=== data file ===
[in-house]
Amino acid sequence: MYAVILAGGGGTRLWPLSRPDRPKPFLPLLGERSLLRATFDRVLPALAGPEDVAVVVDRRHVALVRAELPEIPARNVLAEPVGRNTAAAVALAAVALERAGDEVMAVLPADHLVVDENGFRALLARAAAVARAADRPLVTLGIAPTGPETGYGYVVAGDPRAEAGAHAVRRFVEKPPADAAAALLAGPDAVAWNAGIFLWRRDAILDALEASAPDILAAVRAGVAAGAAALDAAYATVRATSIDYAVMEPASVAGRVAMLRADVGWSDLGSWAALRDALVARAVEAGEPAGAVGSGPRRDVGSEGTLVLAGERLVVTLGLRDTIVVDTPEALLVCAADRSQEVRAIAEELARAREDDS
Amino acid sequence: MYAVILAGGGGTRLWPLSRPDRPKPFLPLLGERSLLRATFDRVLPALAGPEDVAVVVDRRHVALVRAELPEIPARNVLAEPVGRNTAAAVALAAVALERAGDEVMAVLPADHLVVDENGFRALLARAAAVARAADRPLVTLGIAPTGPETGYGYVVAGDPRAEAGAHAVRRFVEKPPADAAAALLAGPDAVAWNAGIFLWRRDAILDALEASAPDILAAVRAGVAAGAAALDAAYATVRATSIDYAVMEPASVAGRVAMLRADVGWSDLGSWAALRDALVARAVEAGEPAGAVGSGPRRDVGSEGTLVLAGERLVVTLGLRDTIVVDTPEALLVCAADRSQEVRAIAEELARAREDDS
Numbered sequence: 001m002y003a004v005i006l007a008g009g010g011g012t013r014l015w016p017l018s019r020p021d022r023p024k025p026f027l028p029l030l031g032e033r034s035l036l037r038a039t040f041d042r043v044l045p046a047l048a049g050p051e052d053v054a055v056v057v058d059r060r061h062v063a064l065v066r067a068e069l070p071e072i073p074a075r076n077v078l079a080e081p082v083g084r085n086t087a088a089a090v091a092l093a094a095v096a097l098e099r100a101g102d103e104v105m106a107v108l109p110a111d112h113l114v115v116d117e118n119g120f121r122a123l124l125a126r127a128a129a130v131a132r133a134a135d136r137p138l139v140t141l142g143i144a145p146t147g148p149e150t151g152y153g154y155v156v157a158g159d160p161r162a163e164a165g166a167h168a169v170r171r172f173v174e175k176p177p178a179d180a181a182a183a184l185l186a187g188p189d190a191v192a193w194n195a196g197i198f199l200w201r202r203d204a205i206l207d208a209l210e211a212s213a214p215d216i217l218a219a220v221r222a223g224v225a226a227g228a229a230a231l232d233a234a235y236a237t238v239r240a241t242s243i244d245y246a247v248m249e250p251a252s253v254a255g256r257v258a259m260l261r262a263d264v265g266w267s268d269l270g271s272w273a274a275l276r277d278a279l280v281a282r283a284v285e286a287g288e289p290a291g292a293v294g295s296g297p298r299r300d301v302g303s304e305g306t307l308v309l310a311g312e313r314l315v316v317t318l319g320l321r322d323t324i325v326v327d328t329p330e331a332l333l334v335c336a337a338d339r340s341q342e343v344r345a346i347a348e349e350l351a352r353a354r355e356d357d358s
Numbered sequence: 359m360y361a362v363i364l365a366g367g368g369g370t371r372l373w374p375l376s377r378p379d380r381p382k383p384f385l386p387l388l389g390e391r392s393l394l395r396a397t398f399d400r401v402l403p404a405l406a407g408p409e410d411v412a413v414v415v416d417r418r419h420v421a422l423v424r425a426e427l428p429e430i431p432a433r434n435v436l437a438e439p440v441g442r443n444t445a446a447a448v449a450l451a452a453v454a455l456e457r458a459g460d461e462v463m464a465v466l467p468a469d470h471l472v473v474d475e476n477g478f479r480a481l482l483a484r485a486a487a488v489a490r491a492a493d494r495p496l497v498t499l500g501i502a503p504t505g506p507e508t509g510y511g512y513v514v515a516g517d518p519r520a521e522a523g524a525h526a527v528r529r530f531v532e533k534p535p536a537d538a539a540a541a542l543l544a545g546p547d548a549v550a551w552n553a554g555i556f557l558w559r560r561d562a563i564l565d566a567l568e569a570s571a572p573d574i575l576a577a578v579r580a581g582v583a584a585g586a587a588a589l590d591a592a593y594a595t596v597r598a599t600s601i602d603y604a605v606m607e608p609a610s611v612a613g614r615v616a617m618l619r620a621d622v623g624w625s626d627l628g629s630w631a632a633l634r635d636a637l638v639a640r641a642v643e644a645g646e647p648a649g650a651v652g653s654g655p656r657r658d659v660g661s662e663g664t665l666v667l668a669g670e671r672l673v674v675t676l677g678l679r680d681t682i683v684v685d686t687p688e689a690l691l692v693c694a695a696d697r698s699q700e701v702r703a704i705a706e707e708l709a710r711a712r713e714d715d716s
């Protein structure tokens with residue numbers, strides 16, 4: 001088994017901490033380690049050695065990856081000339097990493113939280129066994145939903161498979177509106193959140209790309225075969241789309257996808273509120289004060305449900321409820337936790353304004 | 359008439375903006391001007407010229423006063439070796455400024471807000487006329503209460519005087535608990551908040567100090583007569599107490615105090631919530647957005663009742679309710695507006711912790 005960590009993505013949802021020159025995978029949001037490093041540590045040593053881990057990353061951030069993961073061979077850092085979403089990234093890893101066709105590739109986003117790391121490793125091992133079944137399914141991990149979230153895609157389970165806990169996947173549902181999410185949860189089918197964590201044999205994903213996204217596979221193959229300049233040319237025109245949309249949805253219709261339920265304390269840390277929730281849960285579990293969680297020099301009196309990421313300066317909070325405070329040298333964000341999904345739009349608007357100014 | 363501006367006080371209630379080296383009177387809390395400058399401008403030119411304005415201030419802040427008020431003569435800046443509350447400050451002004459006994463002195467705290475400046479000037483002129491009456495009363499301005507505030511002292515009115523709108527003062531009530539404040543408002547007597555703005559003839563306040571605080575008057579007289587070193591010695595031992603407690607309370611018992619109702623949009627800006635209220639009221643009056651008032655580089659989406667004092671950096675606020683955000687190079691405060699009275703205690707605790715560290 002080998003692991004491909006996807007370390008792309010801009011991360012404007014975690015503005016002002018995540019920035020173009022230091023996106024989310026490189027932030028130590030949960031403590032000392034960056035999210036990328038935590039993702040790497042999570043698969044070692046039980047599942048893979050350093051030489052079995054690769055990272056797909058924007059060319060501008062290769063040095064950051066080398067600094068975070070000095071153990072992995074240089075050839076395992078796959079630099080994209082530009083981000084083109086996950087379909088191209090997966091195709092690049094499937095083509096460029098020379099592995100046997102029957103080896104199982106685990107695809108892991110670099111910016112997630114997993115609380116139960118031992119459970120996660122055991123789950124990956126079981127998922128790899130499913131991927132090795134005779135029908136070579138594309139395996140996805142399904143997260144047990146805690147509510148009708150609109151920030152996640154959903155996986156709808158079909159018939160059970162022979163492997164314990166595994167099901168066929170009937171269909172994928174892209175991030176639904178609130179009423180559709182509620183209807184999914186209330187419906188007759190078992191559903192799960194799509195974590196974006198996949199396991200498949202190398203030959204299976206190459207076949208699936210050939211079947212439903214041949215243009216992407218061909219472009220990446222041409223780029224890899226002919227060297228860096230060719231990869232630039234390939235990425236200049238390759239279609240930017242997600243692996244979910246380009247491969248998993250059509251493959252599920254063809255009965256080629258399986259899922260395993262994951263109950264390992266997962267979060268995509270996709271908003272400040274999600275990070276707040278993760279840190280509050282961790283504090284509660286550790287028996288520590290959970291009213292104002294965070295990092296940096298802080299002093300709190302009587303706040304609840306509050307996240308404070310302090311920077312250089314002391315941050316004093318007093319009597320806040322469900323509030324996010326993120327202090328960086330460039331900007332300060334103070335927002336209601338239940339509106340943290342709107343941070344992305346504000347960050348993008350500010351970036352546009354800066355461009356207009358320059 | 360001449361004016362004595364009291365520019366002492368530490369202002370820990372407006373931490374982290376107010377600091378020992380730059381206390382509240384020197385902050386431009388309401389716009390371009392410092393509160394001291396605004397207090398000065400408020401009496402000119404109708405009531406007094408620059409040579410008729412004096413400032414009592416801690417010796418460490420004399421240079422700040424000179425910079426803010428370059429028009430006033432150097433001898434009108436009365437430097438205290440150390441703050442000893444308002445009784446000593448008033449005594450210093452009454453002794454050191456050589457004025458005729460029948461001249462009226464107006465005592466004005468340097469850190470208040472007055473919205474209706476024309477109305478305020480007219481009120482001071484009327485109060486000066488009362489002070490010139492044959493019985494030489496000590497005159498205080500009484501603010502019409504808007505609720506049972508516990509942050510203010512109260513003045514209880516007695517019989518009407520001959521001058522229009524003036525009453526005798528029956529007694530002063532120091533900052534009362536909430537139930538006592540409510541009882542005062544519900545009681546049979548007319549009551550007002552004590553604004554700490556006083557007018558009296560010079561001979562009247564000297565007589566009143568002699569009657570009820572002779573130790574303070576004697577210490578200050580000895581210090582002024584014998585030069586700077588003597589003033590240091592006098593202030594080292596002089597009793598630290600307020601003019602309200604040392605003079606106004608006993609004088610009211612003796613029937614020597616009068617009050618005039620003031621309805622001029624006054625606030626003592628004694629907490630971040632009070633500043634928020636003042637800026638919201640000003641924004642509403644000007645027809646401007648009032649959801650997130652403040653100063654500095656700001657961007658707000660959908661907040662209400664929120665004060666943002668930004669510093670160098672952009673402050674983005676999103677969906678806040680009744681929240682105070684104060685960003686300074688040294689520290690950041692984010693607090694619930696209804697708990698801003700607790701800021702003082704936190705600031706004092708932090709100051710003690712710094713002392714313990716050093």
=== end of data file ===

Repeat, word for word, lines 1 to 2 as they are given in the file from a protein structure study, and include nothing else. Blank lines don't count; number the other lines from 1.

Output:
[in-house]
Amino acid sequence: MYAVILAGGGGTRLWPLSRPDRPKPFLPLLGERSLLRATFDRVLPALAGPEDVAVVVDRRHVALVRAELPEIPARNVLAEPVGRNTAAAVALAAVALERAGDEVMAVLPADHLVVDENGFRALLARAAAVARAADRPLVTLGIAPTGPETGYGYVVAGDPRAEAGAHAVRRFVEKPPADAAAALLAGPDAVAWNAGIFLWRRDAILDALEASAPDILAAVRAGVAAGAAALDAAYATVRATSIDYAVMEPASVAGRVAMLRADVGWSDLGSWAALRDALVARAVEAGEPAGAVGSGPRRDVGSEGTLVLAGERLVVTLGLRDTIVVDTPEALLVCAADRSQEVRAIAEELARAREDDS